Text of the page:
Falling cat rates a long-term industry trend
Falling catastrophe rates are a long-term secular trend rather than a short-term cycle phenomenon, said Nephila Capital co-founder Frank Majors during a panel discussion at the ILS Bermuda Convergence 2013 conference last week.
However, Majors said he was relatively bullish on the pricing outlook for the January 2014 renewals, saying that he did not expect rates to be as bad as many expected.
"The story for 2014 will be more about signings than pricing," he told an audience of 270 investors and convergence market executives.
Majors observed that there was a movement towards having fewer participants on reinsurance programmes, with the market bifurcating between the companies that lead the provision of cover and those simply "filling the slip".
Validus Re CEO Kean Driscoll echoed this view. He noted that he was seeing more "club deals" and said that reinsurers needed to be able to provide clients with extra value-added services to secure the business they were after.
"You need to have scale and you have to have pretty sharp elbows too," he explained.
Elementum Partners co-founder Tony Rettino said that he also saw a trend towards more bespoke deals and a more continuous renewal cycle, adding that the current market was not truly soft.
"There are worse markets out there that we've all seen," he said, adding that as long as terms and conditions held up they would mitigate the slip in pricing.
The panellists held back from giving direct guidance on their outlook for the January renewals.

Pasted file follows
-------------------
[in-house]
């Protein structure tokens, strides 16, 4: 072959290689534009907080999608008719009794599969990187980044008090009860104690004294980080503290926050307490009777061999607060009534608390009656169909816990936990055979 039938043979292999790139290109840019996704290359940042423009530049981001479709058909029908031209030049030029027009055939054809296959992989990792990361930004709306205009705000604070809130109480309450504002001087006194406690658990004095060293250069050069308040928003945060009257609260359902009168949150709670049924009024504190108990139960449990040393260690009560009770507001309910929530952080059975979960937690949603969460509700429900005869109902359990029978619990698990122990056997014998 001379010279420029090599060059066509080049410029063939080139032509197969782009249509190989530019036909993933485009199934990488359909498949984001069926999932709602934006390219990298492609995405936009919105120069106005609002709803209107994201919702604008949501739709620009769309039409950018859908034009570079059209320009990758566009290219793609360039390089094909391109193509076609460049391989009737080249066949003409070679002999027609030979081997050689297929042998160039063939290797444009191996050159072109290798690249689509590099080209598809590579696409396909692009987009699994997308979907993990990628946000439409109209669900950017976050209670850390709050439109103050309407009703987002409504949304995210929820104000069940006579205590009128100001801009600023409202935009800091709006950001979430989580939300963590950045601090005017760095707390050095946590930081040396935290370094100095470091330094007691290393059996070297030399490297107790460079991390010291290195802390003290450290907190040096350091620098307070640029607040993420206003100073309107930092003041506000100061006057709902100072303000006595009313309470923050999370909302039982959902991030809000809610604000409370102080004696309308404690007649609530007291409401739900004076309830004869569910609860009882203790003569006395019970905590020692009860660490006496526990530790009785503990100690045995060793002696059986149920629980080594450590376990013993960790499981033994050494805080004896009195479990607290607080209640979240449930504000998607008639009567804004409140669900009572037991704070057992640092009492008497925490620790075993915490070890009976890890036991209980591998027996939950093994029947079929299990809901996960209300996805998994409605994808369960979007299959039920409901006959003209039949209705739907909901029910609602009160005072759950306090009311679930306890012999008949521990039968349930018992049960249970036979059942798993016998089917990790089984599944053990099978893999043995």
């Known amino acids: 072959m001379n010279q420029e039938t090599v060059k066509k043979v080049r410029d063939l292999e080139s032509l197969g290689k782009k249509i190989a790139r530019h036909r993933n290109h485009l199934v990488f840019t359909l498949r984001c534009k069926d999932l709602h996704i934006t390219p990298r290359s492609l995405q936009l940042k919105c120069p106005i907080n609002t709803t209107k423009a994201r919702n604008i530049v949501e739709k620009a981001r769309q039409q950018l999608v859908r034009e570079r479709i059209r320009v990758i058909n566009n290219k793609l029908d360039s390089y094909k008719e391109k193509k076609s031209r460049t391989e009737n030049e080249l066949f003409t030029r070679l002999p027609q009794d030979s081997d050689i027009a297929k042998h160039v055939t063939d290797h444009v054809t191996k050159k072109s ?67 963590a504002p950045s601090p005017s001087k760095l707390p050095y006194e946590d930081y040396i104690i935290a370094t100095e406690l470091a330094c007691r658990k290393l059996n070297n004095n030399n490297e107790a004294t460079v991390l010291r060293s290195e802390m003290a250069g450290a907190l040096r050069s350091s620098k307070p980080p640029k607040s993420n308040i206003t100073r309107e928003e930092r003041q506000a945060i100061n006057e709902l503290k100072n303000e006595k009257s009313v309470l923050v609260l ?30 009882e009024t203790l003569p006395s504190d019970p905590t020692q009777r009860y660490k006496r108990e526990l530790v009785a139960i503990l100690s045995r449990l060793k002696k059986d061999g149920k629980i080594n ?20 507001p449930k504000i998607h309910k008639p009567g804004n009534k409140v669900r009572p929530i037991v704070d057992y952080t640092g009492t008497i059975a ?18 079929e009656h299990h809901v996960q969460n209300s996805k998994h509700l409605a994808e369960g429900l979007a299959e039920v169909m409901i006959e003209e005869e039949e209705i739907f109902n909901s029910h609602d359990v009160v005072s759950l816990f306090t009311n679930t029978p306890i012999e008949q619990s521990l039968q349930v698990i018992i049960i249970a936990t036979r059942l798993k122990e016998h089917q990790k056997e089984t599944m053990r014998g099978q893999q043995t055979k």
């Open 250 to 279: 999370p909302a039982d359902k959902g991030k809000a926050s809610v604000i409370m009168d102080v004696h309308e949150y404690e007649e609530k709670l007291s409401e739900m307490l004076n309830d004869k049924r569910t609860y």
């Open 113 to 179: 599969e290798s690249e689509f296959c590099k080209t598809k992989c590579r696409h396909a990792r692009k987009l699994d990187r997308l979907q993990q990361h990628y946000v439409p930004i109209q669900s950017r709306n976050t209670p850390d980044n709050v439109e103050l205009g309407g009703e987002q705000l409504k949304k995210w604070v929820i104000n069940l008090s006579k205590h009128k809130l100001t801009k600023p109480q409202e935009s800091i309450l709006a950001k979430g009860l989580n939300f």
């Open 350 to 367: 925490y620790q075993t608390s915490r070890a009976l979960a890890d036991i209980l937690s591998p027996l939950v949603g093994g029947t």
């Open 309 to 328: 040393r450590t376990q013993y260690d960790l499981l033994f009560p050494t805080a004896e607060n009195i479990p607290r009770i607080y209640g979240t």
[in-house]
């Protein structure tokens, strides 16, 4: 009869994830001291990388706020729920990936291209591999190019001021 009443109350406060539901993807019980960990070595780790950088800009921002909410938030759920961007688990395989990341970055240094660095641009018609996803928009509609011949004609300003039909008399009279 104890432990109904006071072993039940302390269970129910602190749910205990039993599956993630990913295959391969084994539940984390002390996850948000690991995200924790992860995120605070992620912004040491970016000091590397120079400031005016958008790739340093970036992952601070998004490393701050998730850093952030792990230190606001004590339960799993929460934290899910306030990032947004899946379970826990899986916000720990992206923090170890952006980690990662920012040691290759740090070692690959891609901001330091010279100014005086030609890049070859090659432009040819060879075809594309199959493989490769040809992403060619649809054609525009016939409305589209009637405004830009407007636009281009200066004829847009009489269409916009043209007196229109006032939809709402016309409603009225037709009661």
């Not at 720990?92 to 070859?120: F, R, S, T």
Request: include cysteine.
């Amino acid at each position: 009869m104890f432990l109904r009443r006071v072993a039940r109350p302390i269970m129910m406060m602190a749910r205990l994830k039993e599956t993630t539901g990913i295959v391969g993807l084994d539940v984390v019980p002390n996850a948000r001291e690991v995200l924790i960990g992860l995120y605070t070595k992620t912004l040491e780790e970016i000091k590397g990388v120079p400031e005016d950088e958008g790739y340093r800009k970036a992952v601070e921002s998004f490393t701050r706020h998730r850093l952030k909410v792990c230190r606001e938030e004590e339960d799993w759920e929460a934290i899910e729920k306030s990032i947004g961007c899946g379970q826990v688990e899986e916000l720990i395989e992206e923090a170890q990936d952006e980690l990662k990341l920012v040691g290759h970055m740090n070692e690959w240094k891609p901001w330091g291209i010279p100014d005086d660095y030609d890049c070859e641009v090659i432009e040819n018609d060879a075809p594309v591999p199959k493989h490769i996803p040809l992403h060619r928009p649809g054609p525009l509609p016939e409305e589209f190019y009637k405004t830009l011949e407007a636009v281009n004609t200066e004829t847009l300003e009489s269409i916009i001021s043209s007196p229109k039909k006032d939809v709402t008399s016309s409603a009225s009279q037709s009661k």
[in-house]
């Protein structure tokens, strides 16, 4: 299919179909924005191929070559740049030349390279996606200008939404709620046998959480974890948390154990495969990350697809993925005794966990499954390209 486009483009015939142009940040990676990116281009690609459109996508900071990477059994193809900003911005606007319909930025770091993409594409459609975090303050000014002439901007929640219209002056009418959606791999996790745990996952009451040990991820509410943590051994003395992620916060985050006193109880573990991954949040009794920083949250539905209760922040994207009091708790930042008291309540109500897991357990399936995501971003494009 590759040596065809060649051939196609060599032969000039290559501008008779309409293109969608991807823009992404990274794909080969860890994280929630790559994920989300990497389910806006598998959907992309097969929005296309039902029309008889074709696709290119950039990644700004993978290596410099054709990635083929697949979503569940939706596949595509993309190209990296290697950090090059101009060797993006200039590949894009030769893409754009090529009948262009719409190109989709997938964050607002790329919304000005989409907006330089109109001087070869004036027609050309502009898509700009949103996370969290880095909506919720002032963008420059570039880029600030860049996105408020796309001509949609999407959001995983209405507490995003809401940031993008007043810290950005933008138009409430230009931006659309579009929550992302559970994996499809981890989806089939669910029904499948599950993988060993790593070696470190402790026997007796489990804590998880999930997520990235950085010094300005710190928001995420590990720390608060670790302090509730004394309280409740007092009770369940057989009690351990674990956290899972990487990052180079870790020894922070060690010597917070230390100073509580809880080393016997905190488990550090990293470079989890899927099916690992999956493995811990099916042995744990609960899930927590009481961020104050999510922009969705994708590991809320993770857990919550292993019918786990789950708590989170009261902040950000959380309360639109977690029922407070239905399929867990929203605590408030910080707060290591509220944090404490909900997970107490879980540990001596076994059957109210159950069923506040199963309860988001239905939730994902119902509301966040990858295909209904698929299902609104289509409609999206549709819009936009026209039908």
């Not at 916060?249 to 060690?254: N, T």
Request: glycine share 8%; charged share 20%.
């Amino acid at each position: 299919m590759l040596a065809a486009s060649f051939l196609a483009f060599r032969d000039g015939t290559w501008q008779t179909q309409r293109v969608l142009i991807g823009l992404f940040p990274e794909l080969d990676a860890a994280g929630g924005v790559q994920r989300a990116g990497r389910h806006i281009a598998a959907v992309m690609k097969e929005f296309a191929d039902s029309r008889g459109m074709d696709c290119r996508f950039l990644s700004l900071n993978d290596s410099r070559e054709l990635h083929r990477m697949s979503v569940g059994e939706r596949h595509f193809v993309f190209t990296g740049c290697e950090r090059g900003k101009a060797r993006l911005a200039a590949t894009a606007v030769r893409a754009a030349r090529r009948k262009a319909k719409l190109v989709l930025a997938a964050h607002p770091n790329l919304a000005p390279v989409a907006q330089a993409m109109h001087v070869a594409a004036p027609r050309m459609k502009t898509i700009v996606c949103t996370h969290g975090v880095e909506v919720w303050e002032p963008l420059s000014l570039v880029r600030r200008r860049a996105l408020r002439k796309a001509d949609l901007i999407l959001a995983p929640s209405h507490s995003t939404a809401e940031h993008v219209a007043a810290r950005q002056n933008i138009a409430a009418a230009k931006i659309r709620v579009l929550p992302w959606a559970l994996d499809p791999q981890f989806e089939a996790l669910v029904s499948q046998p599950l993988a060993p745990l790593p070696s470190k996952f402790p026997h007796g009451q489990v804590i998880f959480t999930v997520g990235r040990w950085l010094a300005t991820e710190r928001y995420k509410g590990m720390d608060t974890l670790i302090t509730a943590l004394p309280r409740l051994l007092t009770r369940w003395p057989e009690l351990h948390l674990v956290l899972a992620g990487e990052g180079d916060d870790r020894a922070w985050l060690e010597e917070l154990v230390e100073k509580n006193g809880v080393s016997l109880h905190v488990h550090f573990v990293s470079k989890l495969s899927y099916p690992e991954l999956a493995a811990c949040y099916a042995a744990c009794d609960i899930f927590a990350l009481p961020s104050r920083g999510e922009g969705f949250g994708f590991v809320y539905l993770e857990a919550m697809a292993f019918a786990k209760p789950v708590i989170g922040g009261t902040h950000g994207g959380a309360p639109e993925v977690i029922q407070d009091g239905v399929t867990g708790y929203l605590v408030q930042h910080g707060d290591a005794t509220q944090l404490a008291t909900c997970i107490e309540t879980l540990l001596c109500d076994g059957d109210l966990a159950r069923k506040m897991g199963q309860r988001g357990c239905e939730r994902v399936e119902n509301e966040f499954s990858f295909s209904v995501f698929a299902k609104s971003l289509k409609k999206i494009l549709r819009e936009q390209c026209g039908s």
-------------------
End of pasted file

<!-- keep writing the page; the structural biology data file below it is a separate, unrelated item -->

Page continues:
But Majors argued that the growth of the ILS market has provided a great chance to dampen volatility in the broader reinsurance market, in response to a question about the durability of alternative capital.
"Any time there's an opportunity, capital will flow to that opportunity," he said. Majors claimed that the expansion of the alternative segment has built "deeper channels" between the reinsurance market and capital, while noting that historically the reinsurance market has undergone significant volatility post-event.
Rettino said that more stable pricing worked in favour of both investors and cedants. "I would gladly trade the peaks of pricing for the troughs."
Discussion moderator Arthur Wightman of PwC questioned the panel about a speech from John Nelson earlier this year, in which the Lloyd's chairman claimed that the expansion of managed funds in the reinsurance sector risked creating greater distance between capital and cedants.
Majors said he disagreed with this view.
"Tony and I are much closer to our capital than [reinsurers] are - we have to ask [investors] for it personally and justify it on an ongoing basis."
Likewise, the cat bond market provides the ability for insurance cedants to connect straight to the capital providing their cover, Majors said, picking out the recent MTA MetroCat cat bond as an example.